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Back in the day, regrouping in addition was called "carrying" and regrouping in subtraction was called "borrowing." I think "regrouping" is a better term for all of it. These problems might be easier to visualize if you copy them horizontally.

Example: 56 - 39

Just looking at it, you might think there's a problem with subtracting nine from six until you realize that 56 is 5 tens and 6 ones which is the same thing as 4 tens and 16 ones. Now you can subtract 9 from 16, leaving 7 in the ones place and 3 from 4, (the regrouped 5) leaving 1 in the tens place.

56 - 39 = 17

Example: 45 + 28

5 + 8 is 13, which won't fit in the ones place, so we leave 3 of the ones there and regroup the ten other ones into one ten which we add in the tens column. 1 + 4 + 2 = 7

45 + 28 = 73

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alex

Q: How do you regroup in math?

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38

It is important to regroup correctly because if you don't you will get a wrong answer that is at least greater or smaller than the correct answer.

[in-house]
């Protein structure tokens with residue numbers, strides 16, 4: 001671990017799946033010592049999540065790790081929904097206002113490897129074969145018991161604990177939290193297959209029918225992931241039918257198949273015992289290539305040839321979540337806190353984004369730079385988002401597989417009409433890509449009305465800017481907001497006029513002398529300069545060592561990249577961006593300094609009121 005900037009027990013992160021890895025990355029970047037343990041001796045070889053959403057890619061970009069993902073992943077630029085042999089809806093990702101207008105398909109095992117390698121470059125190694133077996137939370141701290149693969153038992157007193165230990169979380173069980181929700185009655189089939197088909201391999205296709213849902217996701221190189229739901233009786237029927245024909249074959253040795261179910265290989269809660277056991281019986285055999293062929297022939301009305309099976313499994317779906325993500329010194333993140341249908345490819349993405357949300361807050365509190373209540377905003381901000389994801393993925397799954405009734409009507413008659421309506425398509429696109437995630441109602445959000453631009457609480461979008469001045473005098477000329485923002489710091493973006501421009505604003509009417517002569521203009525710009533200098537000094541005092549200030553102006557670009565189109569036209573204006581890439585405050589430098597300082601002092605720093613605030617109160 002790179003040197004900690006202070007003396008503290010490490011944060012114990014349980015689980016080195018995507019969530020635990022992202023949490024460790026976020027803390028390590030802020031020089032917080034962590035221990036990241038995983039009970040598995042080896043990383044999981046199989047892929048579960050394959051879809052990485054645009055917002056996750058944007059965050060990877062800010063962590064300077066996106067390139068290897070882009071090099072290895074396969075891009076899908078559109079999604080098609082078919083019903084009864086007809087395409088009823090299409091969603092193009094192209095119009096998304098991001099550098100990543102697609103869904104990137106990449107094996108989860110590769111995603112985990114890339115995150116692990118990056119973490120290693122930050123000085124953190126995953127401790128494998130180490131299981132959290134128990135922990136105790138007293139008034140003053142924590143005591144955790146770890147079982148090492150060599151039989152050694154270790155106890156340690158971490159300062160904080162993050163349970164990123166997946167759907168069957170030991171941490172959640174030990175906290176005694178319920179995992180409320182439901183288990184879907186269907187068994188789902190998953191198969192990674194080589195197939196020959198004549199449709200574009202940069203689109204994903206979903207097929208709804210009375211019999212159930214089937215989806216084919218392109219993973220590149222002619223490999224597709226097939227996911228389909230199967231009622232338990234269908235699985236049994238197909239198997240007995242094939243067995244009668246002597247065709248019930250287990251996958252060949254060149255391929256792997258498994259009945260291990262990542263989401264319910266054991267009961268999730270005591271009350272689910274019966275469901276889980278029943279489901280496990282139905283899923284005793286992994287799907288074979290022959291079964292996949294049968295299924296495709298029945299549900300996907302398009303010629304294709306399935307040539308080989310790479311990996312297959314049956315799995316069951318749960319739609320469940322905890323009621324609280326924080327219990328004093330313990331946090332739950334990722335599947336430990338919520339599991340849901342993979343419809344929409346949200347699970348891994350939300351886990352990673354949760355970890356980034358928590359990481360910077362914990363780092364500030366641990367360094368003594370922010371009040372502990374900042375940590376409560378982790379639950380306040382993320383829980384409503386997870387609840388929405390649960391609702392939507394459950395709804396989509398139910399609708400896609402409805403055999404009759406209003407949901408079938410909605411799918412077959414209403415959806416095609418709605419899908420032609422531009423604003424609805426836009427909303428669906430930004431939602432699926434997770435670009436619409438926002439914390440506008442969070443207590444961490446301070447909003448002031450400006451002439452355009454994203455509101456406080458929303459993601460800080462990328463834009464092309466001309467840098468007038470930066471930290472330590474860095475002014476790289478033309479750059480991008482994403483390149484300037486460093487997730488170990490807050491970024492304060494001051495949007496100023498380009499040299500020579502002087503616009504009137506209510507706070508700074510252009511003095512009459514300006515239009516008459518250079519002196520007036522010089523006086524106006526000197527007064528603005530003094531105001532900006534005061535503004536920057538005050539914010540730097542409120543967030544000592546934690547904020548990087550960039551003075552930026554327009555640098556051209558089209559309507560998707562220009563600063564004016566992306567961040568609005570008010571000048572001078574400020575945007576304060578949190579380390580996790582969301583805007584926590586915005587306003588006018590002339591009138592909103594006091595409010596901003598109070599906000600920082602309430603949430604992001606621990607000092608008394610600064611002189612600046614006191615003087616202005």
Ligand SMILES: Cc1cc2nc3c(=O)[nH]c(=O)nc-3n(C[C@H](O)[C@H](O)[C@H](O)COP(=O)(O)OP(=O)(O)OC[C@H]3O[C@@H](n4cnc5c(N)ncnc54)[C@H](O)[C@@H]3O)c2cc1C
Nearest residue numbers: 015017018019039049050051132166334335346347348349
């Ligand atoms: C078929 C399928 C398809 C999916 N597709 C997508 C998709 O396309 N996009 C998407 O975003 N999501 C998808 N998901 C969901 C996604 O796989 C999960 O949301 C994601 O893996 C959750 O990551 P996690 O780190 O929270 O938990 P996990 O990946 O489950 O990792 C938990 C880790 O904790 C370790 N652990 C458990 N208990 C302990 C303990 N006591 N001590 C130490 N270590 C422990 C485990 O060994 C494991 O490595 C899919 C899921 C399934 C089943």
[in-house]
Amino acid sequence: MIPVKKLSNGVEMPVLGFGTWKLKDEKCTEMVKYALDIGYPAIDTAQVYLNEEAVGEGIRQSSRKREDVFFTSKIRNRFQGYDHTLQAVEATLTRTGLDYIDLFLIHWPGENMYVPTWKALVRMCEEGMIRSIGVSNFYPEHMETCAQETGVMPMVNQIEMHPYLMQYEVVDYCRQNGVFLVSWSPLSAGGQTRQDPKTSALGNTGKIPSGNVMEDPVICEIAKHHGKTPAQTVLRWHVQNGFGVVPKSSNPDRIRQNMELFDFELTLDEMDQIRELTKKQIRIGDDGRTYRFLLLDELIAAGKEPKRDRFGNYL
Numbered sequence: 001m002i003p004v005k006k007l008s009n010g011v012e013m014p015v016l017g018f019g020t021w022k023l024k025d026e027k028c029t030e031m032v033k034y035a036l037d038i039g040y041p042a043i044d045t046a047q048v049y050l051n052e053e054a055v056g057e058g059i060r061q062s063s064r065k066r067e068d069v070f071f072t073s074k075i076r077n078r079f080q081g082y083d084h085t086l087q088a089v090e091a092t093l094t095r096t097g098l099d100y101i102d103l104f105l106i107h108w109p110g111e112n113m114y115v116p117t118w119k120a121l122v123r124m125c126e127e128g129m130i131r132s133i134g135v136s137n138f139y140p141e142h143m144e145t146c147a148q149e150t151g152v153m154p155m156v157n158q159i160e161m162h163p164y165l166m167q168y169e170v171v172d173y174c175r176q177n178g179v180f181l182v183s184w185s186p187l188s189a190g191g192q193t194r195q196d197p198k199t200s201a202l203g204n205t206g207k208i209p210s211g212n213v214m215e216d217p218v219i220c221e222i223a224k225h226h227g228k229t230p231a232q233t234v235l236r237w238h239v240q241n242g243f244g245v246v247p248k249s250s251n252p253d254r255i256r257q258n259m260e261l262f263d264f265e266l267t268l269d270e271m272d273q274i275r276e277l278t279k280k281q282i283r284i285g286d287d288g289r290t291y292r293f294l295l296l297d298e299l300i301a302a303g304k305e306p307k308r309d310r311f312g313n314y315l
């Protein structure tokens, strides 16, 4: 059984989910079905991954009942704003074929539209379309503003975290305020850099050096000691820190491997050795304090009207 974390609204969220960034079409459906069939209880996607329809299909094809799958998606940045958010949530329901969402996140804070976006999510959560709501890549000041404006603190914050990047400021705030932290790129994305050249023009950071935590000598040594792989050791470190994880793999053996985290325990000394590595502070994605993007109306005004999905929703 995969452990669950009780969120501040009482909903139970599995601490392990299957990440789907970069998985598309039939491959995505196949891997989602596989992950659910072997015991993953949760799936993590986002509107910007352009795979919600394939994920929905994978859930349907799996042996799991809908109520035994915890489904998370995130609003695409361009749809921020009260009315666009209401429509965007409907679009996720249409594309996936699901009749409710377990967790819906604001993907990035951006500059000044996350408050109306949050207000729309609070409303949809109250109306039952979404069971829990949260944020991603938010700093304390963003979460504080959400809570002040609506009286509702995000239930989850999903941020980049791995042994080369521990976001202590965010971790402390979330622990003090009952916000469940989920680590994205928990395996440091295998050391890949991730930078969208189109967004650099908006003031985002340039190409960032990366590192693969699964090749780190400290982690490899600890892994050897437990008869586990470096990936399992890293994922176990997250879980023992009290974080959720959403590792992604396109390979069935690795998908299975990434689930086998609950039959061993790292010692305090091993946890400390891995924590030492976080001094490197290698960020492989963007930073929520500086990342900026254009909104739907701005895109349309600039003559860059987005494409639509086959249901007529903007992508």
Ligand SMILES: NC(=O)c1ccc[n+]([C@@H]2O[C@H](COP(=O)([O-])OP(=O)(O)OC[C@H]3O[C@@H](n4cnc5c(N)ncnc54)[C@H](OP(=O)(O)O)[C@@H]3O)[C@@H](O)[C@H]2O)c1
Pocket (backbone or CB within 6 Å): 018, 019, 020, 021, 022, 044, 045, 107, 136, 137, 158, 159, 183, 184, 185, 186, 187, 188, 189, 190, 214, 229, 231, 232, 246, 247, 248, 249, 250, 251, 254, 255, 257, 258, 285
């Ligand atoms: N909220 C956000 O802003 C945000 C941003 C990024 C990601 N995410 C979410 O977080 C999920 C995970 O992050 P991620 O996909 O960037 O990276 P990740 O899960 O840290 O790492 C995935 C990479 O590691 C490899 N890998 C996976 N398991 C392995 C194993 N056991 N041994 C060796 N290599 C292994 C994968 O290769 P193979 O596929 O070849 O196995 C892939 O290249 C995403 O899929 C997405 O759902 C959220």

With addition, you need to regroup in the event that there are more than 10 ones or 10 tens. In a subtraction, you must regroup whenever there are insufficient ones or tens to subtract.

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Regroup is a verb.

to regroup is 'regrouper / se regrouper' in French.

the soldiers regroup before going to attacked

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Regroup? Seriously? It is convert! 81*100=8100

No

38

If the total in any column exceeds nine, you will have to regroup.

Any number. Not everyone needs to regroup.

Some words that rhyme with regroup are scoop, troop, and loop.